The Google Latitude service allows you to share your location with anybody you authorise.  This allows location sharing amongst the sales team and property management team.  Before you start thinking Big Brother there are very good ways you could use this application and every person involved has full control of whether they are sharing their location with everyone else or not.  They can turn it off or they can even manually send a location (let your team mates thinking your visiting the Trevi Fountain in Rome for the afternoon).  One of the most valuable ways this could be used though is for personal security. The dangers involved in the industry especially for female staff have been highlighted in recent years. Allowing the office to know the location of all staff, but particularly the females has a real security benefit.

The android market provides you with an endless amount of customisation. If you deal with overseas clients a lot, then you can have a live currency converter application on hand.  If you use permission based marketing like  Twitter and Facebook, then you have a range of applications to keep your fans and followers up to date. If you do your own property photography the Sunrise/Sunset application will make sure you know the best time of day for those amazing twilight shots. Access an application to convert hectares to acres, metres to feet, or etc etc.. the list seems endless.

Conclusion

The HTC Magic is truly an incredible phone that has seriously impressed me. Its not perfect by a long shot but nothing available is.  There are very few phones that can even come close to it on a feature for feature basis and since most of the people who want an iPhone already have one its biggest competitor, at least in the short term will probably be other Android phones soon to be released. Its a stylish phone, but it’s not something you buy to be trendy, rather it is  something you buy because it is so functional.

8.5 out of 10

Resources

Android @ Wikipedia

The Google Experience on Android

Google Mobile Blog

HTC Magic @ HTC

Android Phone Tips

Android Application Reviews at www.androidtapp.com

Android Home Page

Acer, Android, Apple, Asustek, Garmin, Google, HTC Magic, Intel, iPhone, LG, Motorola, Nvidia, Samsung, smartphone, Sony Erricson, Texas Instruments, Toshiba

SEO For Real Estate
Listing Leads
Agentpoint Real estate

About Glenn Batten

Glenn Batten is the General Manager at First National Real Estate Nerang and Principal at the First National Real Estate Upper Coomera office and has over 20 years real estate experience and a passion for technology. Glenn has been writing from an agents perspective on industry issues and covering a range of topics on Business2 since 2007.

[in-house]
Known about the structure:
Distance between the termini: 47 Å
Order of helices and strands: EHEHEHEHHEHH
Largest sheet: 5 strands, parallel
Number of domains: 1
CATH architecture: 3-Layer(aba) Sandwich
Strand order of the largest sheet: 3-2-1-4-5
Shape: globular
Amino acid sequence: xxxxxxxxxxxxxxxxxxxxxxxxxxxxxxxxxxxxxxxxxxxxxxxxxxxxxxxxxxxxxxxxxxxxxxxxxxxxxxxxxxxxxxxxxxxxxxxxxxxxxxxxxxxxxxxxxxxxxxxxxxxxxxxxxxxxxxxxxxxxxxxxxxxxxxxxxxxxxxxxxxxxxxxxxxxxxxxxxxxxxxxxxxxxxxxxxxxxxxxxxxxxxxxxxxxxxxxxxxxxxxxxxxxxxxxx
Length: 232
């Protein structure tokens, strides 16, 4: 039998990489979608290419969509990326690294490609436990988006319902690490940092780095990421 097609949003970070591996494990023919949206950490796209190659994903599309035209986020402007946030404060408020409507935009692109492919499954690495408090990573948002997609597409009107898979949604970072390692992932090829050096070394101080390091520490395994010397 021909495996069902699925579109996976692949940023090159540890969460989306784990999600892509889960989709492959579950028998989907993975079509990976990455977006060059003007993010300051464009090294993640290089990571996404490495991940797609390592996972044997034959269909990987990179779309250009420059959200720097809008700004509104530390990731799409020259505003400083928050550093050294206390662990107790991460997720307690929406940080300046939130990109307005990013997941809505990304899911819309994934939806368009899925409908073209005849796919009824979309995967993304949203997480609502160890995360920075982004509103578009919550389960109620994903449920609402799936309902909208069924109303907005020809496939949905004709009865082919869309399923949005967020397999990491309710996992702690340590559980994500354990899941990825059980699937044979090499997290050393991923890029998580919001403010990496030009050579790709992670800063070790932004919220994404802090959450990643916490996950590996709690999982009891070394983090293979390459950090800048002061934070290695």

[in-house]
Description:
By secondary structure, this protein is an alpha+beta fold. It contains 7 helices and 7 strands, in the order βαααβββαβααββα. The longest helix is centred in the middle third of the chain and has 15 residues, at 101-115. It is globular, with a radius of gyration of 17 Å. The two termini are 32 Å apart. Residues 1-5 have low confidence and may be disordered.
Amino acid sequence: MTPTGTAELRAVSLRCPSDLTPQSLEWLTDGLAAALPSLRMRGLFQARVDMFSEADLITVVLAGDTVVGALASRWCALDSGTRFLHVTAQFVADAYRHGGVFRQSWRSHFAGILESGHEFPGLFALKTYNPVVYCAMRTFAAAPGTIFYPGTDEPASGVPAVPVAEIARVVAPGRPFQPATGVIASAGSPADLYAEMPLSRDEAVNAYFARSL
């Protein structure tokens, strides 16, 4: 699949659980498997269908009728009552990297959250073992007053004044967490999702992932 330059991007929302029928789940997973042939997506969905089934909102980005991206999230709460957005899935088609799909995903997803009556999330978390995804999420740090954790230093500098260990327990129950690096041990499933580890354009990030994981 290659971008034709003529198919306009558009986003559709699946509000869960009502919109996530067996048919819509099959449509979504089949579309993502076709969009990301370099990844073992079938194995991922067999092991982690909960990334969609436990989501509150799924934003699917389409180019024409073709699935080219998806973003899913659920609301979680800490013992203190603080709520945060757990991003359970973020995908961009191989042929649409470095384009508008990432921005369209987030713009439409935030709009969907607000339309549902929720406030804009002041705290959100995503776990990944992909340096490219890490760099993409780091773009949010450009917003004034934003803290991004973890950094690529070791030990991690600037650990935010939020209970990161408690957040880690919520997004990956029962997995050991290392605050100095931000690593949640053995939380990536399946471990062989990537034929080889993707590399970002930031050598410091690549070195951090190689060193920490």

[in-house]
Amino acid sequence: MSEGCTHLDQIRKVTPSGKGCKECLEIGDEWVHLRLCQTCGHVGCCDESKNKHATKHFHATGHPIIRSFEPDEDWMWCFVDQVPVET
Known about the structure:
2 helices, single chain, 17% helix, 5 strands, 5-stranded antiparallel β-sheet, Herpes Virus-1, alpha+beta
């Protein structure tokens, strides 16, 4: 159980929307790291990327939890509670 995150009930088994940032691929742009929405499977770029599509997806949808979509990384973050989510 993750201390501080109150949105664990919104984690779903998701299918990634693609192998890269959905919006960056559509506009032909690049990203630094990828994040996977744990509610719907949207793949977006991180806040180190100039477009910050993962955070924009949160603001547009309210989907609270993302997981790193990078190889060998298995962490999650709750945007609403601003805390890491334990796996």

19 Responses to Review: Android Powered HTC Magic Smart Phone

  1. Brett Clements July 9, 2009 at 11:31 pm #

    I’ve always admired your posts, and this site. But re-publishing PR hype, word for word, from a press release, disturbs me.

  2. Glenn Batten July 9, 2009 at 11:43 pm #

    Brett.. what are you talking about… ?? The only thing that I can think of that was not original in that post was the list of companies involved in Android. Show me something I have copied word for word from a press release..

  3. Glenn Batten July 10, 2009 at 12:44 am #

    I wrote and submitted that article about a week ago so I have gone over the post,and nothing has been lifted directly from anywhere else, let alone word for word. In fact I can confidently say that I dont reckon I have even read a HTC press release on any of the their phones let alone this one.

    Before I purchased the phone I probably read half a dozen reviews myself so at worst I might have been influenced by another reviews postion, style or comments.. For example I remember reading one review that made a big deal about the battery life.. That certainly resonated with me after my experience with the Nokia N95.. and when you have everything activated on the Magic is sucks through the battery very quickly… so I made a point of commenting on that in the review.. but the gap between reading those reviews (and viewing a few on Youtube as well ) and writing my review was probably two or maybe even three weeks.

    The whole concept of writing the review.. was to show what an agent would get out of it. There are plenty of reviews covering all the finer specs and details of the phone.

    But copy a press release.. no way.. I even ran it through copyscape (it detects that sort of thing) to see if anything flags.. I thought maybe I got lucky and stringed together 6 or 7 words that somebody else had used somewhere… but nothing comes up at all. Not even one phrase.